MY EXPERIENCE, as well as a geographic survey of the United States, indicates that the incidence of tinea capitis in the postpuberal person is higher than is generally realized. The physicians' index of suspicion regarding the possibility of tinea capitis in the adult has been lowered over the years by the medical literature emphasizing the rarity of this entity. This impression of rarity is partly due to the regional geographic distribution of the fungi capable of producing postpuberal tinea capitis, because of which dermatologists in some parts of the country very rarely see such patients. However, the ever-shifting incidence of such fungi, both locally and nationally, makes it important for the physicians in all sections of the country to appreciate the possibility of this clinical entity after puberty.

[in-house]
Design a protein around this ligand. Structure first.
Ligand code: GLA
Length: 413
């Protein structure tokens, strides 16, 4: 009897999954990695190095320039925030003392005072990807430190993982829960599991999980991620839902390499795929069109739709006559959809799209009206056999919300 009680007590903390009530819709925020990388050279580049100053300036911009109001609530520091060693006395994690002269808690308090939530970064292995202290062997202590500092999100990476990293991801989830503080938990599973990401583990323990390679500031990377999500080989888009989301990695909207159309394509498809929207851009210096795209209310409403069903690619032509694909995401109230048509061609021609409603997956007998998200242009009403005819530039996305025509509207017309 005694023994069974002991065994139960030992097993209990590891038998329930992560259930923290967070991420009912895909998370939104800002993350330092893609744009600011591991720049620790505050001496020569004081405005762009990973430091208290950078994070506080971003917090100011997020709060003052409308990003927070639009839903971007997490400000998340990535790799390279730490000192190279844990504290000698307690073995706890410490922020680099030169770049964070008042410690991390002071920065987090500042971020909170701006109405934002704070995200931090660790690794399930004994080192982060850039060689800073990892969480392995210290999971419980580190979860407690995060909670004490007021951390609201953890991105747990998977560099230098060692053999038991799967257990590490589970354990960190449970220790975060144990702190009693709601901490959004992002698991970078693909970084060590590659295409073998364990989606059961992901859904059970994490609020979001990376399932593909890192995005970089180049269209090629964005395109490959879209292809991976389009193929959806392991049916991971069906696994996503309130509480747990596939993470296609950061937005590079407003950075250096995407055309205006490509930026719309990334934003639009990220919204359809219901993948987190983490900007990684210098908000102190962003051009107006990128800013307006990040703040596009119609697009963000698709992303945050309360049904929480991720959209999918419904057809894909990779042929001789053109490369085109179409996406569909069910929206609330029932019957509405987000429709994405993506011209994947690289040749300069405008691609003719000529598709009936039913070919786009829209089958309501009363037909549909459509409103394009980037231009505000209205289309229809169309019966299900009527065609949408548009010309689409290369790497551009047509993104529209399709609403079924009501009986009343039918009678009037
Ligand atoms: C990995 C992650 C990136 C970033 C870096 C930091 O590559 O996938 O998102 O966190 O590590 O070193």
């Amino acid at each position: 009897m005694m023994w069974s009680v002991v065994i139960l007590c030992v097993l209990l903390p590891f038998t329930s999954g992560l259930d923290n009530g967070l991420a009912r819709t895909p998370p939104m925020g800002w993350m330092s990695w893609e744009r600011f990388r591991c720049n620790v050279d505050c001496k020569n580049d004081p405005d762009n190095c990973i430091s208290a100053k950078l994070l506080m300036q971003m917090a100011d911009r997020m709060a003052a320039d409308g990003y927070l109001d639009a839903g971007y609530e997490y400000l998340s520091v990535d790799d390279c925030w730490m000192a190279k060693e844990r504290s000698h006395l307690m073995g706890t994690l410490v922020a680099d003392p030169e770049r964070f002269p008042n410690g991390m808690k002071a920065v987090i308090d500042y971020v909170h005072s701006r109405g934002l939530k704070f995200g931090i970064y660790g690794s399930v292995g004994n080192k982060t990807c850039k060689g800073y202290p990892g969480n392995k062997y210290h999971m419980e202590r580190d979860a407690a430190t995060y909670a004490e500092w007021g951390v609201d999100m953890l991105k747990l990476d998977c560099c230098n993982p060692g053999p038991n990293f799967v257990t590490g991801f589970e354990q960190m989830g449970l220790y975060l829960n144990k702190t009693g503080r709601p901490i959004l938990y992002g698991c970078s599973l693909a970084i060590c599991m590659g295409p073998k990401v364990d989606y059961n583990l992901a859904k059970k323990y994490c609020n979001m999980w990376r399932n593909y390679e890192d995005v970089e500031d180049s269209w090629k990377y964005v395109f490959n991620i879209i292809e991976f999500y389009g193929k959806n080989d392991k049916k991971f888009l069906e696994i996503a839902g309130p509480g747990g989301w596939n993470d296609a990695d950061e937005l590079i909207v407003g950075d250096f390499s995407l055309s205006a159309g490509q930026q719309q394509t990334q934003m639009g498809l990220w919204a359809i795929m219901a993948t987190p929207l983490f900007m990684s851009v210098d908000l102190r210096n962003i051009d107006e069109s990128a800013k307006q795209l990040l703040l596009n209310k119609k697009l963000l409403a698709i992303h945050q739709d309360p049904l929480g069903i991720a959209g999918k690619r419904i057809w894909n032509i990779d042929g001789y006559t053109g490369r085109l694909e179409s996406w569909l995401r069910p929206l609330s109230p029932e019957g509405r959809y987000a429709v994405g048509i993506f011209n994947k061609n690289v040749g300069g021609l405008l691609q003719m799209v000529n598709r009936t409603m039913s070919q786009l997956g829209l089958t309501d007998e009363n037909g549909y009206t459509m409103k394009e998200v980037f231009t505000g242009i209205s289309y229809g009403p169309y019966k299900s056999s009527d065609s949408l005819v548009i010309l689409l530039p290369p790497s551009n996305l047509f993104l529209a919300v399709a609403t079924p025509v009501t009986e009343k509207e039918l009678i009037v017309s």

In 1925, Fox and Fowlkes1 reviewed the world literature on ringworm of the scalp in the adult, surveying
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